Impact of Membrane Properties and Membrane Degradation on Cathode Catalyst Layer Degradation

Wednesday, October 14, 2015: 15:20
212-C (Phoenix Convention Center)
M. Dutta, L. Ghassemzadeh, M. Lauritzen, D. Harvey, S. Wessel, A. P. Young (Ballard Power Systems), and S. Knights (Ballard Power Systems)
Understanding the effect of material properties and the structure of MEA components is critical to understanding MEA performance and degradation. Previous studies have shown that cathode catalyst layer degradation was observed to be influenced by water content within the MEA.  Both relative humidity and membrane type were shown to have a substantial effect on the degradation rates1.  As the membrane / ionomer plays a key role in the water management within an MEA, affecting water sorption, water crossover and phase changes, an improved understanding of the effects of membrane properties on cathode catalyst degradation is required. This study examines the effect of membrane properties, as well as the effects of membrane degradation on cathode catalyst layer degradation.

In this work, six membranes, including dense membranes Nafion®211 and Nafion®212, experimental reinforced PFSA  membranes with low and high equivalent weights (EW), and experimental reinforced partially fluorinated hydrocarbon membranes of high and low equivalent weights, were chosen for investigations of membrane property impacts on beginning of test (BOT) performance and cathode accelerated stress test (AST) durability.  These membranes had EW values ranging from ~ 600 to 1100, while the dry thickness ranged from 13 to 50 microns.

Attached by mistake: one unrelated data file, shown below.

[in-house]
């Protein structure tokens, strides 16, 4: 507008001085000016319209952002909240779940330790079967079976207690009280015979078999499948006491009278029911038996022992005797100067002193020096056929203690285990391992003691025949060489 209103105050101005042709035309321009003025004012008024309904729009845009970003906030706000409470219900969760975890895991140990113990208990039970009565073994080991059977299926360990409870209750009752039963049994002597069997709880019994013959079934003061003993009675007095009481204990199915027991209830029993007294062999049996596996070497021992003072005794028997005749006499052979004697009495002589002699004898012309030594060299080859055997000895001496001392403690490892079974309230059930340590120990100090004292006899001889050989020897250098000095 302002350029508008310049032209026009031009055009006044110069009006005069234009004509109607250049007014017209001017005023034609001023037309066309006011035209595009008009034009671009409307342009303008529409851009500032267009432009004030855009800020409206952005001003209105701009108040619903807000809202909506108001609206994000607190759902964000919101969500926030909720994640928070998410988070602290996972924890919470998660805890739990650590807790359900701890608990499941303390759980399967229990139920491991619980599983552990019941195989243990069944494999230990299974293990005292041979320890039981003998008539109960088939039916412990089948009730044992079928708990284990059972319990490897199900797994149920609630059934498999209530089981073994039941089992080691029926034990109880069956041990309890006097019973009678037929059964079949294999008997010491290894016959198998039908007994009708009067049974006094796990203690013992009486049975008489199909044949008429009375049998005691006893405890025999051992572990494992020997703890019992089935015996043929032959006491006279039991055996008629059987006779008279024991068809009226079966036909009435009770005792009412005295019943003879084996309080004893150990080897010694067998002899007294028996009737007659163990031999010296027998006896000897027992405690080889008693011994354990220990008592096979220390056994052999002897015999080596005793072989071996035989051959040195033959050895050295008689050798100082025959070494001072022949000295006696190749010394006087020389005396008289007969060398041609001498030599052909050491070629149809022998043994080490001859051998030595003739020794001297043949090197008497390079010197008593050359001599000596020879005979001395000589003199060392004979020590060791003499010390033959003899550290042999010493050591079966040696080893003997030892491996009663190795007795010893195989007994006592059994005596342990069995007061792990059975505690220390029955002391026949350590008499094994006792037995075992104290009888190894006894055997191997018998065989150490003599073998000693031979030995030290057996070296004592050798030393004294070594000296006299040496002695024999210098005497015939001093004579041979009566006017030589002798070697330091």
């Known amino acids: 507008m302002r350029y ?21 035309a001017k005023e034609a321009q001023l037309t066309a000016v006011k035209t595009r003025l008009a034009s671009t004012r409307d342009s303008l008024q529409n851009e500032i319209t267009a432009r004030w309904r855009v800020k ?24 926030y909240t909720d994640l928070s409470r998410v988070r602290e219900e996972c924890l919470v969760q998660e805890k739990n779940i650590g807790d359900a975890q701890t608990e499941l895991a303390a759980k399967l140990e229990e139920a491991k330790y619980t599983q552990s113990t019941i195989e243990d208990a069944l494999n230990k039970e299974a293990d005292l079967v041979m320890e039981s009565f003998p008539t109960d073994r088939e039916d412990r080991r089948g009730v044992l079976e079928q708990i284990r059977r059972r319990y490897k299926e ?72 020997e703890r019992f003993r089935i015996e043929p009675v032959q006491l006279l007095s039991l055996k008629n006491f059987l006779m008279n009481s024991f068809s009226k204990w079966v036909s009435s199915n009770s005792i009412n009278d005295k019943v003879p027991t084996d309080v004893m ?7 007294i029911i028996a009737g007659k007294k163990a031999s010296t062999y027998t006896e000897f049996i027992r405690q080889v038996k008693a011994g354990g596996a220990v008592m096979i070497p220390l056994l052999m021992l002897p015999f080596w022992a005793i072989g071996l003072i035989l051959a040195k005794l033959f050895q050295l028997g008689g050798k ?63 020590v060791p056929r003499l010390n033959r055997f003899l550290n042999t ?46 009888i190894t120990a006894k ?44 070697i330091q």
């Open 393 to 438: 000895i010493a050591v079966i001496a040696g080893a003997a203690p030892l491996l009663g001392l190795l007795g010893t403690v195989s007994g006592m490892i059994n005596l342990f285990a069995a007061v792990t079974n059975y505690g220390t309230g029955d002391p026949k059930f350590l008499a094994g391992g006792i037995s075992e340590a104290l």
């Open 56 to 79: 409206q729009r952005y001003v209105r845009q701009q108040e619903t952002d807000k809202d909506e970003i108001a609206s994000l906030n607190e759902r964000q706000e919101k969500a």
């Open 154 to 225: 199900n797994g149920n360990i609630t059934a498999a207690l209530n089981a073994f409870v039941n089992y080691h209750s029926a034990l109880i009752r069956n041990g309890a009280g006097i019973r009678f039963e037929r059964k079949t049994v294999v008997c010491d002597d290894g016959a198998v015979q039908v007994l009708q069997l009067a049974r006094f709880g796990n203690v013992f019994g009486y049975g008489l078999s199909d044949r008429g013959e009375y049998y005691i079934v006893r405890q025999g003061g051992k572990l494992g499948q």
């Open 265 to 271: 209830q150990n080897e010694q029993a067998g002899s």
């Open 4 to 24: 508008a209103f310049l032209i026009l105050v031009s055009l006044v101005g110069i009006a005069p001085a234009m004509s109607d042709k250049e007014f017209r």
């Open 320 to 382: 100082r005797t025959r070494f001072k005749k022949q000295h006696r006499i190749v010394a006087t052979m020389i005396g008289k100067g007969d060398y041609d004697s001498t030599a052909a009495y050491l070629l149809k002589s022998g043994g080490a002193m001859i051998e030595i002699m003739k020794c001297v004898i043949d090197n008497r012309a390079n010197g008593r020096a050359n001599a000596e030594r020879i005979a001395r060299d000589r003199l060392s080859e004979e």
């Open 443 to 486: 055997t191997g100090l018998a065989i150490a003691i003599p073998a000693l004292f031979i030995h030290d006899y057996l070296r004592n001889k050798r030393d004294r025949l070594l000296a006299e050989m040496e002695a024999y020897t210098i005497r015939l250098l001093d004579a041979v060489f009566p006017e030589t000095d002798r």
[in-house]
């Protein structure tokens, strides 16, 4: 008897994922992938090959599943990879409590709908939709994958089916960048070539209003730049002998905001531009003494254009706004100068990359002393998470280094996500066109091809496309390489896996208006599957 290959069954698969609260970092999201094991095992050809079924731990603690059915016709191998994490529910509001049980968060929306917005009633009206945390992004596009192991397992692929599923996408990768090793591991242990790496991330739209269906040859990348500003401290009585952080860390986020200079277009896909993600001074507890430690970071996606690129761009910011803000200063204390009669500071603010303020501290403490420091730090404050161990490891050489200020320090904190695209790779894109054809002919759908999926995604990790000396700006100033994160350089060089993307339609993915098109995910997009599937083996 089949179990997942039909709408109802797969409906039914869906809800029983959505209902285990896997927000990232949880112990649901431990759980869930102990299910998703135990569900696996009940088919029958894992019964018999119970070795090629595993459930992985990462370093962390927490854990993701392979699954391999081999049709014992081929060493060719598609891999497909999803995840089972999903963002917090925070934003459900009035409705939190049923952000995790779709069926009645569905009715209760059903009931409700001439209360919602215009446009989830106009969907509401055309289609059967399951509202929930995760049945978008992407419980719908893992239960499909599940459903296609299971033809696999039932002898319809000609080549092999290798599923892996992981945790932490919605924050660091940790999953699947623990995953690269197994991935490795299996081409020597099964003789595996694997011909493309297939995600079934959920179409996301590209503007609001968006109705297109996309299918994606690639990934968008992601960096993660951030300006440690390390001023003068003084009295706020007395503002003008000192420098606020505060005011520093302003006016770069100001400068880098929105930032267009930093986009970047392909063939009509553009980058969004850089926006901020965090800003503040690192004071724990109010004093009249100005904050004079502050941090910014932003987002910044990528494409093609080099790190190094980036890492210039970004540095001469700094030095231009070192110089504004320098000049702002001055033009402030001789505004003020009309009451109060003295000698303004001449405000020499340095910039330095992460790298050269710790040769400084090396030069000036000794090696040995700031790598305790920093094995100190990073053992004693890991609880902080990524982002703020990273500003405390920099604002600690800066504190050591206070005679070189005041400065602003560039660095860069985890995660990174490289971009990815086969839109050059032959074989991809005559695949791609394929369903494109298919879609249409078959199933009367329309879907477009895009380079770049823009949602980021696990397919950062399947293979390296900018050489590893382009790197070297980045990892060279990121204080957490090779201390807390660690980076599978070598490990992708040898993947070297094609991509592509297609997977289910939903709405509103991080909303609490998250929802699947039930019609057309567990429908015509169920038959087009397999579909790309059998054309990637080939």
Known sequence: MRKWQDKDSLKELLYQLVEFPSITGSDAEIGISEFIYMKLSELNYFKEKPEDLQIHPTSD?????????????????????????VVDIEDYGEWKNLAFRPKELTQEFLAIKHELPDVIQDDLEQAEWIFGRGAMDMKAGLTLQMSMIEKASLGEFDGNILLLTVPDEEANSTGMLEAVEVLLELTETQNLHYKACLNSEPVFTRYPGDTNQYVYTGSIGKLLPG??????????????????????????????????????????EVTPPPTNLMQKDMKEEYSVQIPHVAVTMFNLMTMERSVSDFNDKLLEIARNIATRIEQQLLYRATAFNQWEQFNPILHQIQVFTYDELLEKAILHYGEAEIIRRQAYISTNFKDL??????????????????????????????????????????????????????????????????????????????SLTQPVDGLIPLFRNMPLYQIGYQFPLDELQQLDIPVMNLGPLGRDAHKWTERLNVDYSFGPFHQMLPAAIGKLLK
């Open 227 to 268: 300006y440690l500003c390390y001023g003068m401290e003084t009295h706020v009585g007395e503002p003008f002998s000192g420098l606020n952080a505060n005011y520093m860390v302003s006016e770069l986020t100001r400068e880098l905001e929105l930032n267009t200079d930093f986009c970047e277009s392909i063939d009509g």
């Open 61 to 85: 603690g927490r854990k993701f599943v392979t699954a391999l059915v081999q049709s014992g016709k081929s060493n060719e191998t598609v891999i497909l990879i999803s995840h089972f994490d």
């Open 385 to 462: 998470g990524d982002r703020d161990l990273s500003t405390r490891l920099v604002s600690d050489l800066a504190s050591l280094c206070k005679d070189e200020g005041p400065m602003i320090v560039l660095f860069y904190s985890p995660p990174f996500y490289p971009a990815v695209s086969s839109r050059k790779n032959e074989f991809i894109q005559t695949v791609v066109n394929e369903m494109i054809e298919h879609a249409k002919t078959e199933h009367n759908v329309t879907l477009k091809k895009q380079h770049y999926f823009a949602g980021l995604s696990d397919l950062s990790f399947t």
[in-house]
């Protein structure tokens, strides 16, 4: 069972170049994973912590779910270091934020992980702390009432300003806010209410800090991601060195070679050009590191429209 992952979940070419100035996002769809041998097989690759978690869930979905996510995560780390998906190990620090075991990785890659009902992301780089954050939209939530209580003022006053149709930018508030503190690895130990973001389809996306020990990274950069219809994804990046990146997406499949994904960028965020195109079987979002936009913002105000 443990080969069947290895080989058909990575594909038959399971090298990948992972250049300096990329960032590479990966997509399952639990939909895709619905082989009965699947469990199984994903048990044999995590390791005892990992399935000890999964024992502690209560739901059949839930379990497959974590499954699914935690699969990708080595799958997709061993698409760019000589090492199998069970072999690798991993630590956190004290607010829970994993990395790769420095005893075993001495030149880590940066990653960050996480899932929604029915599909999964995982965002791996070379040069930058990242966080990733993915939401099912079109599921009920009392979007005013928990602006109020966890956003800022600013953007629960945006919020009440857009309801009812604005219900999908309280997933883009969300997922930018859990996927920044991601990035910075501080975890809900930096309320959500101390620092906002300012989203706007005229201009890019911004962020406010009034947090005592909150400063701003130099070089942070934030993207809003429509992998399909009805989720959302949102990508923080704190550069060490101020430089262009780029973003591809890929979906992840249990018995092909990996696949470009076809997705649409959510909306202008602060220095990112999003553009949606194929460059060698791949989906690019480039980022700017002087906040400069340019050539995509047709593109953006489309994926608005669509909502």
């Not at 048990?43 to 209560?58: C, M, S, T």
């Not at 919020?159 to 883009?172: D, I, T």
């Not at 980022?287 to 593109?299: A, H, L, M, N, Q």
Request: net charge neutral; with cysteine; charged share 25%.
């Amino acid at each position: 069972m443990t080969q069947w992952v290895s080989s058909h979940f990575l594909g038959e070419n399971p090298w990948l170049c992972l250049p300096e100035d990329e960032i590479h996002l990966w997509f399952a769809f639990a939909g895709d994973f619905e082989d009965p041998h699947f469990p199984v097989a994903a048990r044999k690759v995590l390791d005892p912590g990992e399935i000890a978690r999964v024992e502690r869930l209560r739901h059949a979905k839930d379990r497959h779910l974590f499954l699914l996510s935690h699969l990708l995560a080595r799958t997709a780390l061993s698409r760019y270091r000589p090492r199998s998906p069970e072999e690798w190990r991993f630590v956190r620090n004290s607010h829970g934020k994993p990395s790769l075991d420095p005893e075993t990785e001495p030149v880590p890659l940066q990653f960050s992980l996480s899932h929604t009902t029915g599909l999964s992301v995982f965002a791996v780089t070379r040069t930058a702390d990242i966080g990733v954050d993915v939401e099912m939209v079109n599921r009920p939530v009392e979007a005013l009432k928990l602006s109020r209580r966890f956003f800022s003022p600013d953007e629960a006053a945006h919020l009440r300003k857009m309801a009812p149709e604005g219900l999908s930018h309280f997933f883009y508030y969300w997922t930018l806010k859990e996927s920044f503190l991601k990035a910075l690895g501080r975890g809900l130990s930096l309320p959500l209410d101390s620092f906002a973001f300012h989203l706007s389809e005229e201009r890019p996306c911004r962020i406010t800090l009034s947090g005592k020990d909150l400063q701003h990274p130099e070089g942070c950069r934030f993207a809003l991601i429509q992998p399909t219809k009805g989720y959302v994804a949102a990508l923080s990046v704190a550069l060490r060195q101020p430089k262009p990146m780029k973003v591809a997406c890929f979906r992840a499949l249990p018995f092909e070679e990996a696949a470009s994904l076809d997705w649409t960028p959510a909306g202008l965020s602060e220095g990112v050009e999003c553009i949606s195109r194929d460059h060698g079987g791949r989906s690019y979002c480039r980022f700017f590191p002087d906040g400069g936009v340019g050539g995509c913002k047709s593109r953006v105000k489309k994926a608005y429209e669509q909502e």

Performance variations at BOT for the different membranes may be due to a combination of membrane thickness, resistance, and hydrogen and water cross-over effects.  After cathode AST cycling, ECSA loss and performance loss were increased for the thinner, lower EW membranes of each membrane family suggesting that membrane water content was the contributing factor.   The effects of membrane degradation on cathode catalyst layer degradation for three down-selected membranes will also be discussed.


Funding was provided by Department of Energy EERE Hydrogen and Fuel Cell Technology Program (Project DE-EE0006375).


[1] Silvia Wessel, David Harvey, “Development of Micro-Structural Mitigation Strategies for PEM Fuel Cells: Morphological Simulations and Experimental Approaches”, 2013 Annual Merit Review Proceedings: Fuel Cells, 16 May 2013, Project ID# FC049.